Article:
Anonymous said...

By intentionally saying "This is one of a series," we free ourselves from trying everything we want to do in one quilt. We can always try more ideas or variations of previous ideas in the next quilt in the series. We don't have to plan the series in advance, but let one composition inform us of what to try next.

Vivien said...

I think Pam makes a good point -- that series often evolve consciously or unconsciously. I never intended to make five quilts that featured hands in some way, but it happened. Perhaps a definition of a series for me is something I need to work out as an artist and hence, return to again and again. That means work may not be sequential in my output, but they have some consistent element that binds them together. As I mature as an artist (well, let's hope I mature!), it's likely that the categories of my artwork will shift as well. Certainly, there are changes in perspective and technique in many famous series, like Monet's waterlilies, but they make a cohesive whole, even though they span years in their creation.

This is really thought provoking, Rayna. Thanks! Looking forward to seeing how you re-categorize your work in your updated website.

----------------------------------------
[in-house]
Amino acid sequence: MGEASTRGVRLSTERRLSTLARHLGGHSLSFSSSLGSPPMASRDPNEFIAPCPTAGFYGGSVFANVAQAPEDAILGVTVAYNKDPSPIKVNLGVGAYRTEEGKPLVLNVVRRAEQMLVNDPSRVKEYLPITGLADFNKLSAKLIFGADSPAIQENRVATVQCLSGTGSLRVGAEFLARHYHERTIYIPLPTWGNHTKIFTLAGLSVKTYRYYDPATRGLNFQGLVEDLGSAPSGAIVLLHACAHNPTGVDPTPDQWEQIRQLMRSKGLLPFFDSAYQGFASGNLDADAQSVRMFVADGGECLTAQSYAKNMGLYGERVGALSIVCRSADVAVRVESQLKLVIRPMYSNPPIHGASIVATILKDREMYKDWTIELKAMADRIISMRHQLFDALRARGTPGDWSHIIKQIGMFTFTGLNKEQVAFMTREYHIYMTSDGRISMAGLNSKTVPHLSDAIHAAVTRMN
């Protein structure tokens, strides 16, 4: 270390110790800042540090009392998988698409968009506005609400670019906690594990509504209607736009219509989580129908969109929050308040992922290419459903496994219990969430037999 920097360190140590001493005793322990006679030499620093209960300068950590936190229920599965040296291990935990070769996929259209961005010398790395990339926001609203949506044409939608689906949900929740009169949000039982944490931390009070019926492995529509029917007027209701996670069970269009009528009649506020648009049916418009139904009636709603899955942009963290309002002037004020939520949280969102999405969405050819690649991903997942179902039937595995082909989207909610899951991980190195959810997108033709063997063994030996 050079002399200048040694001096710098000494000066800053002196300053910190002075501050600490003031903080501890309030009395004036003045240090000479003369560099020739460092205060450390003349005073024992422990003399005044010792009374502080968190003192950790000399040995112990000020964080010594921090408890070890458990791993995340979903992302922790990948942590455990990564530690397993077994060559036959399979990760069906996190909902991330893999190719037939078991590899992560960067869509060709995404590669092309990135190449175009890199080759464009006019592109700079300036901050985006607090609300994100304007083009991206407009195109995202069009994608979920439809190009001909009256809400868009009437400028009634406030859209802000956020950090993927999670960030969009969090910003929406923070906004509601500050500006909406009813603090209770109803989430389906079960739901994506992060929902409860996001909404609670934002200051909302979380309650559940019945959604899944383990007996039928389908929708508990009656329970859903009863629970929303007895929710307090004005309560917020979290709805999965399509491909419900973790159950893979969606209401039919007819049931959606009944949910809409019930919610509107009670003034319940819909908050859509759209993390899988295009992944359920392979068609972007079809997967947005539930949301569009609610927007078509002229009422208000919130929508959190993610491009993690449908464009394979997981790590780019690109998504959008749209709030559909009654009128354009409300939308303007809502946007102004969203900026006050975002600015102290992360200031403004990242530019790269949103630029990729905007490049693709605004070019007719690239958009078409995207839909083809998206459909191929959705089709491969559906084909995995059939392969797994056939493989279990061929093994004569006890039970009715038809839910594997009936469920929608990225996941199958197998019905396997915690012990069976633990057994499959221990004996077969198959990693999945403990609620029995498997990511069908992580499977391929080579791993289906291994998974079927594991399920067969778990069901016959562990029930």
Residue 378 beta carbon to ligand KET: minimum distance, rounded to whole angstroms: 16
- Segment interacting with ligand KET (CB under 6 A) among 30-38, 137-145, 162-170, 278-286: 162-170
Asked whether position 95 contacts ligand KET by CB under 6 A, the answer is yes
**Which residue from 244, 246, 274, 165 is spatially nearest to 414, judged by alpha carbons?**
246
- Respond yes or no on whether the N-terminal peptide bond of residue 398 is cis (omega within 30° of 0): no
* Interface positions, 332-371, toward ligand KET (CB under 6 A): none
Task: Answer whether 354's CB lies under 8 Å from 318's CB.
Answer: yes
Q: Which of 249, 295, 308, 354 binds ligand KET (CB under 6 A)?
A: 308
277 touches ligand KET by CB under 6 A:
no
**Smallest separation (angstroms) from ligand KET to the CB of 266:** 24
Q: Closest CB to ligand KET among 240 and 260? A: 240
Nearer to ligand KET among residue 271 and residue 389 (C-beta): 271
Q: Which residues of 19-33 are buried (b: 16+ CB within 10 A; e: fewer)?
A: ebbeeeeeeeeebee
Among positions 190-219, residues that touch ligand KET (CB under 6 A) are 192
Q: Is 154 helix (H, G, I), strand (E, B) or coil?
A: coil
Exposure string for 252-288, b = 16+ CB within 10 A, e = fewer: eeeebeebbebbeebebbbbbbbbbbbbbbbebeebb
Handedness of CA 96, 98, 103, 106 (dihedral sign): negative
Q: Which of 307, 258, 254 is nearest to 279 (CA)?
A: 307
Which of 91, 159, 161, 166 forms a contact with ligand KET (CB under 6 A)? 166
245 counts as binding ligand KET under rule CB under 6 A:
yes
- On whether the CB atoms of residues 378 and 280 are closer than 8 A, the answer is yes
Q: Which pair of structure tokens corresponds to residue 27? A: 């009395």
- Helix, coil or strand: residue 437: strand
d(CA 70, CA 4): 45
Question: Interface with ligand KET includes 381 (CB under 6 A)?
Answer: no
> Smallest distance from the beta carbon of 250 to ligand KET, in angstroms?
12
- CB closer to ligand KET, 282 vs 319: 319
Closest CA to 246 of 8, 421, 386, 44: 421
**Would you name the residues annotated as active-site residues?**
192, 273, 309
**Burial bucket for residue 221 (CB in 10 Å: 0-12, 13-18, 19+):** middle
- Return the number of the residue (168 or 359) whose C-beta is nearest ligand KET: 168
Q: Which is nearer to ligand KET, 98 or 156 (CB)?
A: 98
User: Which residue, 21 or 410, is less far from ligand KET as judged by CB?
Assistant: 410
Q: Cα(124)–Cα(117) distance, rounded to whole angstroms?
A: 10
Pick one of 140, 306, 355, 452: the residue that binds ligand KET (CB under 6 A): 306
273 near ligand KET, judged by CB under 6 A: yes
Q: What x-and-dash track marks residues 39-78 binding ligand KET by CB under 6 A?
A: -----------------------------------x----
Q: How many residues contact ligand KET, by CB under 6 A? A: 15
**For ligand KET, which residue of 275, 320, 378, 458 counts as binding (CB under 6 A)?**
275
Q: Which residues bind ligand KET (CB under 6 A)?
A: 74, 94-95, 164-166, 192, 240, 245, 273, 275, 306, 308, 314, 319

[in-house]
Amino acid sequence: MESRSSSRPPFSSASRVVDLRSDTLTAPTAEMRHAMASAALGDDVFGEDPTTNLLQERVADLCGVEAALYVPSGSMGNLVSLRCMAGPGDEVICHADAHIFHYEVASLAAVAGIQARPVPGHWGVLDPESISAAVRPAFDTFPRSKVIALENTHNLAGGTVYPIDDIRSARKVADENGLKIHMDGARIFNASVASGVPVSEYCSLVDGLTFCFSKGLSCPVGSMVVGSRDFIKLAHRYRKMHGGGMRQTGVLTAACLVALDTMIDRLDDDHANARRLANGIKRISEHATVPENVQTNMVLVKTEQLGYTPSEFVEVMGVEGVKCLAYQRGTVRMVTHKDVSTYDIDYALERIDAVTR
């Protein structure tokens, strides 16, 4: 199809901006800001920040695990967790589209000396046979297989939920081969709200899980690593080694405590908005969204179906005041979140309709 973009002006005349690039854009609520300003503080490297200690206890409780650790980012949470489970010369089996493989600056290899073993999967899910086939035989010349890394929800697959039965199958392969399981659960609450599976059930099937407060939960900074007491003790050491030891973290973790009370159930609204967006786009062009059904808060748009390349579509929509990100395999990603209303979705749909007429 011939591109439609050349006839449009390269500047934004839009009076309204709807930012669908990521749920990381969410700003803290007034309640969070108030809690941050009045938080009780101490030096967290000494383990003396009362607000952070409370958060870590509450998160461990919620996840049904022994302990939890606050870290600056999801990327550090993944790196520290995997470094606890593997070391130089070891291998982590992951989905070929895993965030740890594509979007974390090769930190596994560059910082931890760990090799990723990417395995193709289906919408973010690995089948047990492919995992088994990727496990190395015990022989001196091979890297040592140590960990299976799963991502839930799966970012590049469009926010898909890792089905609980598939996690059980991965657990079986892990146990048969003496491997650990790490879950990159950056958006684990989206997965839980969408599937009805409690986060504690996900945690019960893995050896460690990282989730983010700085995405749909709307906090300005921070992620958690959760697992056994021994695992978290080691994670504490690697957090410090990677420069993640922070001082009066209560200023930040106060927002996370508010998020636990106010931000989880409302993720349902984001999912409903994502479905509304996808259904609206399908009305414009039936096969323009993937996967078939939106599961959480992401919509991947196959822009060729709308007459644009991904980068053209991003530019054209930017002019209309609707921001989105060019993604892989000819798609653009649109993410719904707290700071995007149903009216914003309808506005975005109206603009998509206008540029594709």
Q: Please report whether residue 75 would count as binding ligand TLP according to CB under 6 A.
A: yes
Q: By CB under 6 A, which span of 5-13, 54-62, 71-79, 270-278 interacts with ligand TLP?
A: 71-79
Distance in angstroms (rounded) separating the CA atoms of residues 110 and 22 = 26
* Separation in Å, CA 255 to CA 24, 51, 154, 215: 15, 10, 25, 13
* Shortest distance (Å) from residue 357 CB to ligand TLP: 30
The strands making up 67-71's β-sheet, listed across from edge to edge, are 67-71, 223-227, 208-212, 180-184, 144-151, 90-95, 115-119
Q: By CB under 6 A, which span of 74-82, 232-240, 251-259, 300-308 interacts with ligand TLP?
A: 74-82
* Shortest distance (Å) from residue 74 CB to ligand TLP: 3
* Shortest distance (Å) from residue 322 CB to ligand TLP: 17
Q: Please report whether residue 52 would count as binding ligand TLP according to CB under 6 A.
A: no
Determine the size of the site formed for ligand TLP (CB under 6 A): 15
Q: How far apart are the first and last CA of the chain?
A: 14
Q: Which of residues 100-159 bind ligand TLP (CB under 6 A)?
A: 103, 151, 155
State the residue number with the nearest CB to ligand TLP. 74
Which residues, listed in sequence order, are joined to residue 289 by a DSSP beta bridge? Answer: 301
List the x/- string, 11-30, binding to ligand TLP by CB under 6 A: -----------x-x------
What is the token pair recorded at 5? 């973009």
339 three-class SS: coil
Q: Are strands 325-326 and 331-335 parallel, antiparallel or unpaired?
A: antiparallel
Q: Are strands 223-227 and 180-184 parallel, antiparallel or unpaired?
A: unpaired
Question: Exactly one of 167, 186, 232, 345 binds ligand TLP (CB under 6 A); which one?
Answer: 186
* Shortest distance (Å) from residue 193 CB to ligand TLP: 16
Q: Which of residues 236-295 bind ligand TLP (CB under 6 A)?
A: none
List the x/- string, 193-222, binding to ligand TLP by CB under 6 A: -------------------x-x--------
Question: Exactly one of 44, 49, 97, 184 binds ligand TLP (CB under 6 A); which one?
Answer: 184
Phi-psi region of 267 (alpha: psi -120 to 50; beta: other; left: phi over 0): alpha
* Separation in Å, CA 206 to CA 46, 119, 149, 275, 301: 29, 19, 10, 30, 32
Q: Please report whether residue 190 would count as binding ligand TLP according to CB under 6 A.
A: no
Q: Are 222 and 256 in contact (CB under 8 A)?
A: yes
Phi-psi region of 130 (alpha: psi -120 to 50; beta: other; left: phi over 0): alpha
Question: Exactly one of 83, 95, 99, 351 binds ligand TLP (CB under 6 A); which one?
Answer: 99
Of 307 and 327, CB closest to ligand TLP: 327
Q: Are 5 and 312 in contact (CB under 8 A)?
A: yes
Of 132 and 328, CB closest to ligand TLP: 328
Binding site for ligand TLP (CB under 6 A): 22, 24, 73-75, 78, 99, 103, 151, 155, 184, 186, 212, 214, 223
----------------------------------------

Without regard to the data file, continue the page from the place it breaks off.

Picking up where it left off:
Rayna said...

I agree, Vivien. For me, a series evolves over time, interspersed with other things - and I am not even conscious of it till it is done and I can see what it is.

I could never decide ahead of time that I was going to do a series on something: that would make me stressed and self-conscious. But that's ME.

Russ Little said...

I remember that previous conversation fondly, and the journal article that followed. This one is shaping up to be another good one.

I've thought a good deal about the issue of series. Sometimes positively and sometimes negatively. I agree that a series can be defined by process, by form, by artistic/personal intent, etc. But for me, perhaps the real test of a series is what you have done in your post: lay out a "series" of pieces, step back, see if it works. Does each piece relate to the others? Is there a logical sequence or do they go together in any order? What distinguishes one from another? What unifies them? That's the key word: unity. One of my goals for the next year or so is to produce one or more bodies of work that, when hung together, have cohesion. I've reached a point where one-off's are fun, but are not challenging me in the right way.

Thanks for continuing the conversation.